Société d'archéologie de l'uOttawa – uOttawa Archaeology Society

The Trojan War as Myth and History: An Anatolian Perspective

5:00 PM, Sunday, February 19, 2012
Auditorium, Library and Archives Canada

The Trojan War as Myth and History: An Anatolian Perspective

Shane Hawkins, Carleton University

In the last thirty years developments in archaeology and linguistics have challenged and changed many of our ideas about the Trojan War. Our understanding of ancient Anatolia, particularly the languages of its inhabitants and its ancient geography, has paved the way for a reassessment of  the history that lies behind the epic tale. Hittite documents supply places and names familiar from Homer’s Iliad, such as Ahhiyawa (Achaeans), Wilusa (Ilion), Tarwisa (Troy), Alaksandu (Alexandros/Paris), Pariyamuwa (Priam), and even traces of an Anatolian poem about ‘steep Wilusa’. Texts from the Hittite archives reveal diplomatic contacts and marriage alliances with Mycenaeans as early as the sixteenth century BC, as well as a series of conflicts between Anatolians and Mycenaeans in eastern Asia Minor and at Wilusa itself. What do these facts mean for our understanding of this period of history? For our understanding of the Greek epic? Was there a real Trojan War? Is it possible to separate fact and myth?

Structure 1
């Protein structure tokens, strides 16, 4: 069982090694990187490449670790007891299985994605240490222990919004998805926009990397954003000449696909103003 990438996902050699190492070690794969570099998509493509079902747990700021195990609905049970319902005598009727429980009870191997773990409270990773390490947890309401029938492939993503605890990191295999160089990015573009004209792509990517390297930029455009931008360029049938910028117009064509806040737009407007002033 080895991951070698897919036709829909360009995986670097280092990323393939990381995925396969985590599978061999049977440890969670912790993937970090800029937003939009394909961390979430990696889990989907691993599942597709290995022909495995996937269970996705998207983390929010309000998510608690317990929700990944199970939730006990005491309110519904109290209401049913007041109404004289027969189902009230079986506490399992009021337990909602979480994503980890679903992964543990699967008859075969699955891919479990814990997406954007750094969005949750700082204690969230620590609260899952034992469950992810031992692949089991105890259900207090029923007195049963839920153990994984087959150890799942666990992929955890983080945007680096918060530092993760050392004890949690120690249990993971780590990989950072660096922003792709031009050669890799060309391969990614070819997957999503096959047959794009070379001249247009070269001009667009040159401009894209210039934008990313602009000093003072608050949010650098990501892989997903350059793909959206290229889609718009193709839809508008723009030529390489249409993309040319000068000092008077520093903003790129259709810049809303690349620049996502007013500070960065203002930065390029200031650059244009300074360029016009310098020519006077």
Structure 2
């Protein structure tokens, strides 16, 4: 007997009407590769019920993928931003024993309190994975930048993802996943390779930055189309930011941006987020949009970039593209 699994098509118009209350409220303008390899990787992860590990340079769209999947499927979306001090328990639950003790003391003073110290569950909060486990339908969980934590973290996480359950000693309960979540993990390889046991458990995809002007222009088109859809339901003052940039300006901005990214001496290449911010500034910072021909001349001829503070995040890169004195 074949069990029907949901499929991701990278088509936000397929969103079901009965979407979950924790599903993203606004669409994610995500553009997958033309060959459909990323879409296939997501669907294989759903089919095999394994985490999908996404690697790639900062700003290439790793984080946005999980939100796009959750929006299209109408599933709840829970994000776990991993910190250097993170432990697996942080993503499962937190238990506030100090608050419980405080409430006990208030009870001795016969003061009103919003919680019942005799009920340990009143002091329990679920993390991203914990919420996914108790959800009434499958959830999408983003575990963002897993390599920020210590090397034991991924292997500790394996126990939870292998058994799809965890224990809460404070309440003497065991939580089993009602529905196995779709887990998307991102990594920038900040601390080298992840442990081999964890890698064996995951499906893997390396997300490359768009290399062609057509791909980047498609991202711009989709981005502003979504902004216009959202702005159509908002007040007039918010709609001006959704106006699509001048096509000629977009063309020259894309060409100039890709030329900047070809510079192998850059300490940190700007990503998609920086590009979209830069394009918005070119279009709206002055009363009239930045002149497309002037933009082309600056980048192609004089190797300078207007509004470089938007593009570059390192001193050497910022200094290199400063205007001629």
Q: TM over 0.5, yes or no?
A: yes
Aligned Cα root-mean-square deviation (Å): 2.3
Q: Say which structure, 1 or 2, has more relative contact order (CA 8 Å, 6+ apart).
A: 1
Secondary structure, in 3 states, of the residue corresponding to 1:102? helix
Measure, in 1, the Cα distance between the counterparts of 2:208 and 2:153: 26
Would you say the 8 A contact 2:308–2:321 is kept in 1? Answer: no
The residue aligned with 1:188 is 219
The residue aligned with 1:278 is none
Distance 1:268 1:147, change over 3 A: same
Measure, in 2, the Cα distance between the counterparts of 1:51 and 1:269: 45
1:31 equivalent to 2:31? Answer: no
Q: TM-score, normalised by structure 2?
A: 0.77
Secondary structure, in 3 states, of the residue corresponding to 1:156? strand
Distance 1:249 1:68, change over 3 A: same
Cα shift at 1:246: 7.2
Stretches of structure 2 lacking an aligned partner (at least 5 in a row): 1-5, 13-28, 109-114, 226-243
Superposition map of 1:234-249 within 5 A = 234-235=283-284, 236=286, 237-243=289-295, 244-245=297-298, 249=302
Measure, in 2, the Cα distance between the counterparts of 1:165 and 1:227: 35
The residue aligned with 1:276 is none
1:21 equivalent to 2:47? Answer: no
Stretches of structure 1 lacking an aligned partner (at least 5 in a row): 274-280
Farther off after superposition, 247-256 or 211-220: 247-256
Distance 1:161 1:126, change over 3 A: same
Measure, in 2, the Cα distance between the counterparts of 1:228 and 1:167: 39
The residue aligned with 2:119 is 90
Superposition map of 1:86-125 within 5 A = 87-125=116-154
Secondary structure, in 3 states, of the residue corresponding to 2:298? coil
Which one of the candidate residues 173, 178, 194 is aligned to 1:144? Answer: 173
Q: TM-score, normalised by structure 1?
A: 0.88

Sponsored by the Canadian Institute for Mediterranean Studies


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